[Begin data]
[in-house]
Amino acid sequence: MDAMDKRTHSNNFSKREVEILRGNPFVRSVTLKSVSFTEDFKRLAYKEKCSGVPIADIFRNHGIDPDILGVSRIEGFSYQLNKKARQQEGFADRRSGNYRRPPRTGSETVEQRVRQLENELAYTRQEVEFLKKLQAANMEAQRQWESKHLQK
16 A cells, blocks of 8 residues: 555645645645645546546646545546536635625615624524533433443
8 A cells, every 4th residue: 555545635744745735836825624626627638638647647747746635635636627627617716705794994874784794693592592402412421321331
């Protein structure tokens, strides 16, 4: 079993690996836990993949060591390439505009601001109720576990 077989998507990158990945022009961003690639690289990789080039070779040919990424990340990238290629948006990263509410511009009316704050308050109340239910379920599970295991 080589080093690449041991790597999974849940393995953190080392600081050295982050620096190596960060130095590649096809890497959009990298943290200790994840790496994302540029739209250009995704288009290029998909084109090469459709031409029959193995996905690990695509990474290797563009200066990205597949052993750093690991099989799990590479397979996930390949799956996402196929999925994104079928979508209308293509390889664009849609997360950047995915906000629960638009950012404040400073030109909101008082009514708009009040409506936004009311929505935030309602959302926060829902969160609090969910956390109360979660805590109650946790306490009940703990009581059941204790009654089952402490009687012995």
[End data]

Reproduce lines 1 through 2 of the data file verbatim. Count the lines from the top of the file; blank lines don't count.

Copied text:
[in-house]
Amino acid sequence: MDAMDKRTHSNNFSKREVEILRGNPFVRSVTLKSVSFTEDFKRLAYKEKCSGVPIADIFRNHGIDPDILGVSRIEGFSYQLNKKARQQEGFADRRSGNYRRPPRTGSETVEQRVRQLENELAYTRQEVEFLKKLQAANMEAQRQWESKHLQK